On 1 July 2018, Dr Martijn Wieling was appointed professor by special appointment of Low Saxon / Groningen Language and Culture. Wieling, born in Emmen in 1981, is also an associate professor in Information Science at the University of Groningen. In this new role, he will be devoting one day a week to researching Low Saxon in general, and the variants of Low Saxon spoken in Groningen in particular. The appointment is for four years initially, based at the new Centre for Groningen Language and Culture (CGLC) at the Faculty of Arts, to which Jan Glas, Theo de Groot, Henk Scholte, Patricia Ottay and Goffe Jensma are also affiliated.
Wieling will be getting involved in two large-scale projects currently being developed at this expertise centre: the creation of ‘Woordwaark’, a language database of oral and written utterances in Gronings (supervised by Professor Goffe Jensma) and the citizen science project ‘Stemmen van Groningen’, supervised by Dr Nanna Hilton, the purpose of which is to gather and document variations in pronunciation among speakers of Gronings.
Wieling received his PhD from the University of Groningen in 2012. He was awarded the cum laude distinction for his thesis about the quantitative analysis of dialect variation. He went on to research differences in the movement of the tongue and lips when local dialects are being spoken. One possible explanation for the subtle variations that occur in language may lie in how speakers are accustomed to positioning their tongue and lips. He observed, for example, that young dialect speakers from Ter Apel (province of Groningen) position their tongue further back in their mouth than speakers from Ubbergen (province of Gelderland). Wieling published the results of this research project not only in scientific articles but also in the form of a comic.
As an expert in quantitative linguistic variation, Wieling will start by investigating the similarities and differences between the language variants in Low Saxon, with a particular focus on the Groningen language area. The CGLC digital data collections will, of course, be a valuable resource. Wieling’s second central research theme is the influence of regional bilingualism on the health of dialect speakers. There is evidence to suggest, for example, that speakers of two languages develop dementia at a later age than speakers of one language, but to what extent this benefit also applies to regional multilingualism is unknown. In his quest to find answers to this question, Martijn Wieling hopes to link up with the LifeLines project being run by the UMCG. Within this project, 167,000 inhabitants of the northern provinces of the Netherlands from three generations are to be monitored over a minimum period of 30 years to gain insight into a range of lifestyle and health-related issues.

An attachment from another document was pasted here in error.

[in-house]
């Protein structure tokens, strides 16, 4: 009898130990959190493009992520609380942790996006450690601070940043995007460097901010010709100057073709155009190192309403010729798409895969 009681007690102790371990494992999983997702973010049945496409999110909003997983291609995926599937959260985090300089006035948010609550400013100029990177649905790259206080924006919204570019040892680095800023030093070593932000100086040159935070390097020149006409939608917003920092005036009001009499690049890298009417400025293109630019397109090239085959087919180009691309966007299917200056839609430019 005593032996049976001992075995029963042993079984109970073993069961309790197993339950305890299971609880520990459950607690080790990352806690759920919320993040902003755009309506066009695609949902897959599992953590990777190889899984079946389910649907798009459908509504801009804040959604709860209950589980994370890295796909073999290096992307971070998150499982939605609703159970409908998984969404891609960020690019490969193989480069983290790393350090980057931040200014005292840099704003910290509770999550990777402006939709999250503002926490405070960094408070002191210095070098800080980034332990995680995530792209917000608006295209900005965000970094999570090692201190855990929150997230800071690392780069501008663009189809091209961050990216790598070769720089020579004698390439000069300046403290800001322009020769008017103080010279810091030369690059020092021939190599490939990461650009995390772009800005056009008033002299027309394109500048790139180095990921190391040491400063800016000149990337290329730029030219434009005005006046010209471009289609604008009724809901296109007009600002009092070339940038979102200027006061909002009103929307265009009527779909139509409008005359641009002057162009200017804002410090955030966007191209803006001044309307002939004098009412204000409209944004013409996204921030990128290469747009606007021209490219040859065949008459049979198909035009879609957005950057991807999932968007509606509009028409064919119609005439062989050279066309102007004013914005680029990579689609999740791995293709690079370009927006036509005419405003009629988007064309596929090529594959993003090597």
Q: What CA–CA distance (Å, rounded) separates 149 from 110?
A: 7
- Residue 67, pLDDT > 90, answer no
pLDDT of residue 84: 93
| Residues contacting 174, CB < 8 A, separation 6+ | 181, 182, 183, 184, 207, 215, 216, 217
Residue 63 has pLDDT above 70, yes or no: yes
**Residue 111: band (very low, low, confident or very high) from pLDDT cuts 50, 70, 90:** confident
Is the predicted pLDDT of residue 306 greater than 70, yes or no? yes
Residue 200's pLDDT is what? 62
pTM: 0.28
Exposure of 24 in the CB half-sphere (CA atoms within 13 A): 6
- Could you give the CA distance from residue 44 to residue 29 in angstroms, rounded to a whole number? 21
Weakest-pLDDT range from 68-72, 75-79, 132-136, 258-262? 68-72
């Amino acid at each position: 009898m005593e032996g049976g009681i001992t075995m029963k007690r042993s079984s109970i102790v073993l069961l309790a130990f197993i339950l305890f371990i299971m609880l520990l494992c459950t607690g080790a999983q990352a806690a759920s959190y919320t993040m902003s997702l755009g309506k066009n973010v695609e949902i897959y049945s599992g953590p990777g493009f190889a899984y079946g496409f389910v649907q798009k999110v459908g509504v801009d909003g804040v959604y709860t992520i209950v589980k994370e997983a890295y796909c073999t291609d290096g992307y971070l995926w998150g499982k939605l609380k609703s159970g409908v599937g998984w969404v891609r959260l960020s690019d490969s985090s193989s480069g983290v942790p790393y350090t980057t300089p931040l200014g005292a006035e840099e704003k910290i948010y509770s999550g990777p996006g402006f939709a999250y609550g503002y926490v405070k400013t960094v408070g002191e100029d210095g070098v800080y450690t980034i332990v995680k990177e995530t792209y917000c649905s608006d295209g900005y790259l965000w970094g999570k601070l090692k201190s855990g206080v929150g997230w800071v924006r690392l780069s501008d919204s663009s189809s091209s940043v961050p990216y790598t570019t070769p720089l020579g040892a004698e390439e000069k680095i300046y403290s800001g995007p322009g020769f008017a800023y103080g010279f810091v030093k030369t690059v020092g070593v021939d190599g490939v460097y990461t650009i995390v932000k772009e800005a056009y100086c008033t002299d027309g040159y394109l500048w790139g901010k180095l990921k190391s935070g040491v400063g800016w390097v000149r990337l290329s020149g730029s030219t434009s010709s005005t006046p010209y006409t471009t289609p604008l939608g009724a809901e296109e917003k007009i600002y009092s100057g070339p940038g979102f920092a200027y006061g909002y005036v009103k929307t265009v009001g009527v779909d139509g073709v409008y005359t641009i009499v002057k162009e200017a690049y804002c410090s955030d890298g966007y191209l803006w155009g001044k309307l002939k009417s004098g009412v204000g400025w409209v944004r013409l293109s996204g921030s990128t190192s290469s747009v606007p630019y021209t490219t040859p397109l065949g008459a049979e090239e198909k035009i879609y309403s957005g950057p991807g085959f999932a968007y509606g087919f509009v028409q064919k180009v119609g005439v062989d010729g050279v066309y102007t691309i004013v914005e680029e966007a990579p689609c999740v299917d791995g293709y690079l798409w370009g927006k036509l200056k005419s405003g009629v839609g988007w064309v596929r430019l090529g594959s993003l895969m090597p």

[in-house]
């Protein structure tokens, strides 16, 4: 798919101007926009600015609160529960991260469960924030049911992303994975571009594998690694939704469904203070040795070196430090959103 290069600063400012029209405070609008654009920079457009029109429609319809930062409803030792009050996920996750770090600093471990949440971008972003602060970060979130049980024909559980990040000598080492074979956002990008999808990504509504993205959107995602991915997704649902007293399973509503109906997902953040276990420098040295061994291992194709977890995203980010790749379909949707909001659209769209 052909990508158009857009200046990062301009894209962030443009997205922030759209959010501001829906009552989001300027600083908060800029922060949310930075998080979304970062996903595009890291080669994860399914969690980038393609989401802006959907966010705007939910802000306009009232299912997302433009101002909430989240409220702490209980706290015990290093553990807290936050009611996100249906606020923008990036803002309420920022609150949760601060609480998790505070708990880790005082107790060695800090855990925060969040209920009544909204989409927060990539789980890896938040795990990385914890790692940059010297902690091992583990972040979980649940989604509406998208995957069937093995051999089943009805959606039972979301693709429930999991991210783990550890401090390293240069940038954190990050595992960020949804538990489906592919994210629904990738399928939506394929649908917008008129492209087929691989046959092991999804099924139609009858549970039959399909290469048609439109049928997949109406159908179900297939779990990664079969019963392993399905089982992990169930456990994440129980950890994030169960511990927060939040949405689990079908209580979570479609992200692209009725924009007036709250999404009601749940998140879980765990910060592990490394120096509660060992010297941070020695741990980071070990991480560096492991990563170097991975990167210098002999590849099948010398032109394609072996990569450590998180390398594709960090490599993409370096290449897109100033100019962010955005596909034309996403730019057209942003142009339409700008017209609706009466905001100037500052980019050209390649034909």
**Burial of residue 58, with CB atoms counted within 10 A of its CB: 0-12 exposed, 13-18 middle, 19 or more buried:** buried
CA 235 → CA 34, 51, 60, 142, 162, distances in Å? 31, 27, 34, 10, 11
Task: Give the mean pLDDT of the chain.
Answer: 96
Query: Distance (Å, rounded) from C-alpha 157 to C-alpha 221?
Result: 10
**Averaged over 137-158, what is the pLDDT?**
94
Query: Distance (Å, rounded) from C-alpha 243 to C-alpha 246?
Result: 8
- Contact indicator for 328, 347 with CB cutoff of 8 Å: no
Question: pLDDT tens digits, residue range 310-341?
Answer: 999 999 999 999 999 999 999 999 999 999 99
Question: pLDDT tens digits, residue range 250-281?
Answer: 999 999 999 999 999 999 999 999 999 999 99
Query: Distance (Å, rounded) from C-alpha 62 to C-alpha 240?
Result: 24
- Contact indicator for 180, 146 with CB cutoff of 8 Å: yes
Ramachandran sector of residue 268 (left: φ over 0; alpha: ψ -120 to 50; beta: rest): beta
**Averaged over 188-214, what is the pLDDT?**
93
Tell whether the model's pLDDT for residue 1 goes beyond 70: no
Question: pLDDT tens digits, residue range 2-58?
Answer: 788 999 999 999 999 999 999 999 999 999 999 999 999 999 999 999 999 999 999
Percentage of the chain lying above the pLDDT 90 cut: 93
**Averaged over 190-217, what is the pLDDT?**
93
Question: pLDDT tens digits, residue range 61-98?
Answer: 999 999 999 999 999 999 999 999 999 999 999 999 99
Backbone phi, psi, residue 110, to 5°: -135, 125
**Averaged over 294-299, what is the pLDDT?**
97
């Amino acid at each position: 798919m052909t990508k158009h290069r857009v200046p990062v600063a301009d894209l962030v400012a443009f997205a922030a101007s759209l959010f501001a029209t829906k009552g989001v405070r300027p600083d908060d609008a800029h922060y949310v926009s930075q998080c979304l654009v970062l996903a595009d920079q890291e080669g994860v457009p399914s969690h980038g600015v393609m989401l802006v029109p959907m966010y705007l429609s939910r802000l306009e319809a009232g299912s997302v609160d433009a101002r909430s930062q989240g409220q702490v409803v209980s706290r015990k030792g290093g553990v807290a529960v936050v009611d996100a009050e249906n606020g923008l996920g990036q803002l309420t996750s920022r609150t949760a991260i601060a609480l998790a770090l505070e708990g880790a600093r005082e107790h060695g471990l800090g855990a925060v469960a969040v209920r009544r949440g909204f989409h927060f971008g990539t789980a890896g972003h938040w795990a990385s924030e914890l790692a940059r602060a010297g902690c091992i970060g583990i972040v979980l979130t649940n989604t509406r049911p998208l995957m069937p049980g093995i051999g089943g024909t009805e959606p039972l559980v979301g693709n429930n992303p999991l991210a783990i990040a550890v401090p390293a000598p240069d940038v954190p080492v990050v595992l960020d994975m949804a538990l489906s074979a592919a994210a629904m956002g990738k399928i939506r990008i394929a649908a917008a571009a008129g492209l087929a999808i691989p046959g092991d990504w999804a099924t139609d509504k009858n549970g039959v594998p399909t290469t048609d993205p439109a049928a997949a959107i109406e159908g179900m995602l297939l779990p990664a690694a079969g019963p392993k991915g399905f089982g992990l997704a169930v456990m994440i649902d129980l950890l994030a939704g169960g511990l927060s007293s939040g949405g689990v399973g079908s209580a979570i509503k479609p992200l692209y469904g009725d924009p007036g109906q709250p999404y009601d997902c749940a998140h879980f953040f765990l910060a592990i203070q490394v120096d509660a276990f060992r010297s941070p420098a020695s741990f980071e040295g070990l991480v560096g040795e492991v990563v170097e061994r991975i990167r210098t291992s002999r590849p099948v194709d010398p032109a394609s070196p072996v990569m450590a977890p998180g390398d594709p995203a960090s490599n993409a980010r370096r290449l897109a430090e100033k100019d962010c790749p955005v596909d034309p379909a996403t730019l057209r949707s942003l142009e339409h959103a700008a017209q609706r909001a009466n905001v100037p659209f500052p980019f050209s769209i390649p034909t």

A third important theme within Wieling’s research is the changes that take place in the use of local dialects and how they are disseminated. Many of Wieling’s generation are not native speakers of the local dialect. Most of the parents of Wieling’s generation were raised speaking the dialect and / or spoke it among themselves, but for a wide variety of reasons, many of them switched to Dutch when communicating with their children. As well as working on more precise statistical documentation of the use of the dialect, Wieling wants to collaborate with the CGLC staff on the development of digital tools that can be used to foster the acquisition of Gronings and other Low Saxon dialects.
In the series 'Highlights from our electronic collection' we would like to present four titles on the subject of Language & Literature.
Among the oldest books in the University of Groningen Library are the incunabula , the ‘first generation’ of printed books (printed before 1501). These imposing Bibles, carefully printed classical texts and humble devotional works have a long...
News and journalism offer something to hold on to in uncertain times. Initially, television news, newspapers and news sites broke record after record after the outbreak of the COVID-19 pandemic in the early 2020s. But are such new news habits...
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